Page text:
New Legislation Could Produce “Worst Ships” List for Public Inspection

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A bill passed by both houses of Congress could result in a list of “America’s Worst Ships” in the merchant marine, if it is signed into law and funded.

“The families of the El Faro crew deserve much of the credit for getting many of these potentially lifesaving measures through Congress,” said Sen. Bill Nelson, D-Fla., a co-sponsor of the legislation. “Hopefully, other mariners will benefit from these safety improvements and be spared the tragic fate befallen the El Faro and its victims.”

The key words here are “potentially” and “hopefully.” For while the bill addresses many of the shortcomings flagged by the NTSB and Coast Guard in maritime safety, it does not provide funding.

The “ship list” may be among its most pragmatic suggestions — and most easily enacted.  The American merchant marine is filled with very old ships, many past the normal 20-year-retirement age.

The Coast Guard keeps public lists of foreign flag vessels entering US ports if they are considered safety hazards but not of American flag ships. The Coast Guard has kept a “Ten Worst” list — its informal name — for several years.  The El Faro was added to the list shortly before it sailed.

The bill also states that the Coast Guard must set up a department to monitor privatized ship inspection by such agencies as the American Bureau of Shipping — which was faulted for letting unsafe ships sail to sea.

The challenge in all of this is many-fold.  The first is funding — with public Coast Guard priorities trending toward ice breakers in the Arctic and drug interdiction in the sub-tropics.

For example, the bill authorizes a study to triple the number of Coast Guard Traveling Inspectors — who have been effective in shutting down old rust buckets. But that’s a study — not a funded mandate.

“I’m glad to see the bill,” said one maritime safety expert, “but in a way this illustrates the problem that maritime safety faces:  Everything literally requires an Act of Congress — an addition to law.

“What we need is an agency like the FAA where Congress delegates decisions to an agency filled with professionals who can make common sense decisions.”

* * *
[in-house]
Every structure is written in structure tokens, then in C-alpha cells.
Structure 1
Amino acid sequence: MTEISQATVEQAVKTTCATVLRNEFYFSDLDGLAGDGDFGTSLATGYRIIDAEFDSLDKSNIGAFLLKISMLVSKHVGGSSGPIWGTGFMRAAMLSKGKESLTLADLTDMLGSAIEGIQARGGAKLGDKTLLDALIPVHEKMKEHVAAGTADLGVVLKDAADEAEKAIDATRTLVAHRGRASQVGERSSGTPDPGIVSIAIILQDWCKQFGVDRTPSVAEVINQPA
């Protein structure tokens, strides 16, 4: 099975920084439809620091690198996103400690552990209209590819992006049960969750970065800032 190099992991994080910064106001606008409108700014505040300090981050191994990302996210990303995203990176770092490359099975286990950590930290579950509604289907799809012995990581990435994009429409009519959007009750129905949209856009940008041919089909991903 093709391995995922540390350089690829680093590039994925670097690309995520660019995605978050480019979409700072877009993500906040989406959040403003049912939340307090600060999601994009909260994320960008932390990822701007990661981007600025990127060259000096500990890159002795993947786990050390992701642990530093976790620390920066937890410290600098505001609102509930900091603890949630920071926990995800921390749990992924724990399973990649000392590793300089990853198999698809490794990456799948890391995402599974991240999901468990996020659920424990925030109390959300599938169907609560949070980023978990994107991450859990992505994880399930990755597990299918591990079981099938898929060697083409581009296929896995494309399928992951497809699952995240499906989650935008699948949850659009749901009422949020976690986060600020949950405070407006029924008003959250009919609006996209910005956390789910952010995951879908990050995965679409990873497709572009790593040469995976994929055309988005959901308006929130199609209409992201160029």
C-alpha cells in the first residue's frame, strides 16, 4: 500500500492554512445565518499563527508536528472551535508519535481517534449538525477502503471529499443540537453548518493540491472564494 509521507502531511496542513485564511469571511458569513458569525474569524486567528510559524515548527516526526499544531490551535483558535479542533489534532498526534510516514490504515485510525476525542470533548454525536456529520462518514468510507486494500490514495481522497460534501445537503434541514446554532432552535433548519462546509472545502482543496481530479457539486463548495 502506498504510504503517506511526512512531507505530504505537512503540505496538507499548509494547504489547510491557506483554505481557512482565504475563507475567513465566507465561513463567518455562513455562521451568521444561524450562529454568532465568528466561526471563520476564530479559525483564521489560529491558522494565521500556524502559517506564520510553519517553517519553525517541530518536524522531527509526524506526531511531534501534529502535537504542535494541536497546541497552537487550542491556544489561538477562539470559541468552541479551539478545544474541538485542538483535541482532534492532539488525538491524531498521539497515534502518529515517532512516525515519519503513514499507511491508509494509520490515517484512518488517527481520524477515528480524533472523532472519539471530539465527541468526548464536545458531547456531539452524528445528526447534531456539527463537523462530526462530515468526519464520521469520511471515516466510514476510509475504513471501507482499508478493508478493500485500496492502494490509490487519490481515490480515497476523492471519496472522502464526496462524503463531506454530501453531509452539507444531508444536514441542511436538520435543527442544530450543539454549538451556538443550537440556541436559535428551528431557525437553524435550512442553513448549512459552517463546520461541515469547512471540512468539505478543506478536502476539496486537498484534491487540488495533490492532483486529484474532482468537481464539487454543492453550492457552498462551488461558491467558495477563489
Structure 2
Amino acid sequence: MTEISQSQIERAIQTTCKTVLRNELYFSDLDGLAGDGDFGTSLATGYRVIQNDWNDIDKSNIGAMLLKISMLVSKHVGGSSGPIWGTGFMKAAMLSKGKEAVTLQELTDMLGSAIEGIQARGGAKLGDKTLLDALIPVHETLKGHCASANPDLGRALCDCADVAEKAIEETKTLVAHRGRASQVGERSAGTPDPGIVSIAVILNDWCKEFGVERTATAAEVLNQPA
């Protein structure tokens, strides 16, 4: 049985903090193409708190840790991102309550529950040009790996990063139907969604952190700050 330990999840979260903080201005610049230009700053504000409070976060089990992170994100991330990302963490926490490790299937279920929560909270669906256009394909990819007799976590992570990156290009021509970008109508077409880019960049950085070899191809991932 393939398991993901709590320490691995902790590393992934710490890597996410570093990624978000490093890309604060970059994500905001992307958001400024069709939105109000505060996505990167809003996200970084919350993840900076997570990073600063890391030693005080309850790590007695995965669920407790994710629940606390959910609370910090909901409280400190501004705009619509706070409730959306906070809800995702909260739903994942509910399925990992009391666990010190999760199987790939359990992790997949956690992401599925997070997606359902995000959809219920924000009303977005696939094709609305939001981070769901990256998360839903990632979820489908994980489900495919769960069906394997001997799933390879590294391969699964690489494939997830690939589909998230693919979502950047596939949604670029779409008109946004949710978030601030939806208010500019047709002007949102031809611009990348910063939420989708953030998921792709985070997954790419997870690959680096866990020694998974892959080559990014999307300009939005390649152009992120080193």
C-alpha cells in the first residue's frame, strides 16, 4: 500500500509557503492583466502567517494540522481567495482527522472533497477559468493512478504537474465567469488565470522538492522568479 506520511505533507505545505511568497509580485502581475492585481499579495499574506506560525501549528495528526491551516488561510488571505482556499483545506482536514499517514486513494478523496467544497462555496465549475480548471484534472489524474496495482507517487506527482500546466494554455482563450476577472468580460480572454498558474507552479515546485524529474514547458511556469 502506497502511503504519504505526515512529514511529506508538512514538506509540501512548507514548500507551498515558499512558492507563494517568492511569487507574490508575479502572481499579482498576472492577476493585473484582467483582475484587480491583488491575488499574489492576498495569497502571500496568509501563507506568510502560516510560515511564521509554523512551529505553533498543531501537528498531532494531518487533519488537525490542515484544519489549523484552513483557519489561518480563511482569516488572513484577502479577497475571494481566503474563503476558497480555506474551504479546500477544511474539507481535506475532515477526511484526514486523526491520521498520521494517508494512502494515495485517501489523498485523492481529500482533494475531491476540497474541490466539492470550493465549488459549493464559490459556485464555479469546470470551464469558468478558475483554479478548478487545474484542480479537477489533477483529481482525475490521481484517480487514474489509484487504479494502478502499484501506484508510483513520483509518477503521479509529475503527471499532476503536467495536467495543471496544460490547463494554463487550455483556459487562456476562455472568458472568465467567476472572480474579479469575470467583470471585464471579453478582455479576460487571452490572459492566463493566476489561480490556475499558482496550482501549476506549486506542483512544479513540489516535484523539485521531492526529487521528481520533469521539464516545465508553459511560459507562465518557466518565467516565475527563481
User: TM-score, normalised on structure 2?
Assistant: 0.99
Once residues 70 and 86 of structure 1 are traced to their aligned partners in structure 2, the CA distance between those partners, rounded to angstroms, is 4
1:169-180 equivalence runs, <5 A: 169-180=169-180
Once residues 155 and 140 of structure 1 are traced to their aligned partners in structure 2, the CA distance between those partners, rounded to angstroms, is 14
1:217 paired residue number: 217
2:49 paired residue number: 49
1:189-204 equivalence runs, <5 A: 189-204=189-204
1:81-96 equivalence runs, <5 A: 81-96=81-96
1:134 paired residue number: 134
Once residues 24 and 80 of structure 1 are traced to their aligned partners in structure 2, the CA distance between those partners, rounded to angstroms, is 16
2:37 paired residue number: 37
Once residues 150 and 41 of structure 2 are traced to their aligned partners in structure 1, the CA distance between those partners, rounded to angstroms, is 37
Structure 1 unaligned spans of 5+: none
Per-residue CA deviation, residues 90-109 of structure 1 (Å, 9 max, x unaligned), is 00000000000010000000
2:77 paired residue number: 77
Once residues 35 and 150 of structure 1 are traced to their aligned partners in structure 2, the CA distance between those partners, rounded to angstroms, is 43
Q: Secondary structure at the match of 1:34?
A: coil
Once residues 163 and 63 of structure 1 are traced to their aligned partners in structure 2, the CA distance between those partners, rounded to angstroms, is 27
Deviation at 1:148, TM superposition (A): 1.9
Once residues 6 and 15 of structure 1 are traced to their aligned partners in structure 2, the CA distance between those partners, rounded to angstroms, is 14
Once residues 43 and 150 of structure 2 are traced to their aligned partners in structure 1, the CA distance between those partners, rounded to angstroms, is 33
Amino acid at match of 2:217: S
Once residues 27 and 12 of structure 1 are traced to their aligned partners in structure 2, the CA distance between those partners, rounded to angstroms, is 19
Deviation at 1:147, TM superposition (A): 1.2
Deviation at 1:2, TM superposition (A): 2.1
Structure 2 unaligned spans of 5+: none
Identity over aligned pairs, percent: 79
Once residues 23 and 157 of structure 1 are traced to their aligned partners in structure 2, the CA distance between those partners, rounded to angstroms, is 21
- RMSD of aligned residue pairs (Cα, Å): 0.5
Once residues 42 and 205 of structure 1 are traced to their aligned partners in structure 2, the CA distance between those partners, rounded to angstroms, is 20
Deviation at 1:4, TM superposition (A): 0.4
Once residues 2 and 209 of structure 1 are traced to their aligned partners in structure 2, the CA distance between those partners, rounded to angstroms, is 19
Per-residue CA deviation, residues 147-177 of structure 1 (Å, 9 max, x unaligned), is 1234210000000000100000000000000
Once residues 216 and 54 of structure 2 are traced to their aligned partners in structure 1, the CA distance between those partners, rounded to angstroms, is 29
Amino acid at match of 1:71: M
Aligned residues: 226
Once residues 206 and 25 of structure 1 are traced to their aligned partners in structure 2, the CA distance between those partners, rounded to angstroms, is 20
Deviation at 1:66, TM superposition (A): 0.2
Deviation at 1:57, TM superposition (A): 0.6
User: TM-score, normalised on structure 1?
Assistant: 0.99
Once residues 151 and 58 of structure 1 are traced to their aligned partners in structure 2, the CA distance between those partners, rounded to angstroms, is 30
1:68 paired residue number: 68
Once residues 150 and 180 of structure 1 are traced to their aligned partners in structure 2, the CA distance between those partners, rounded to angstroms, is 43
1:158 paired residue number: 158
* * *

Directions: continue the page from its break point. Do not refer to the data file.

The El Faro sank in 2015 with the loss of 33 men and women.  Review boards faulted the captain for sailing too close to Hurricane Joaquin, but also noted that the operator, Tote Maritime, had a poor safety culture and should have given more shoreside support.

Moreover, the investigators found that the twin sister of the El Faro, the El Yunque, was in bad shape — to a point where inspectors drove it to the scrap yard.

The bill’s maritime safety provisions require, among other things:

  • Freight vessels be outfitted with distress signaling and locating technology, float-free voyage data recorders with an emergency position indicating radio beacon and high water alarm sensors;
  • The Coast Guard to establish an anonymous safety alert pilot program, allowing crew to communicate urgent safety concerns directly with the Coast Guard
  • Vessels receive timely and detailed weather forecasts;
  • A review of Coast Guard policies regarding ventilators, openings, fire dampers, stability standards and lifesaving equipment, such as survival suits and life jackets;
  •  A review of Coast Guard policies and procedures for documenting major conversions of vessels;
  • Improved training programs for Coast Guard personnel to conduct comprehensive and targeted oversight of all third-party organizations that act on behalf of the Coast Guard; and,
  • An audit of safety management systems to ensure the safety of ships at sea and directs the Coast Guard commandant to consider additional guidance or rulemaking in response to any deficiencies identified in the audit.

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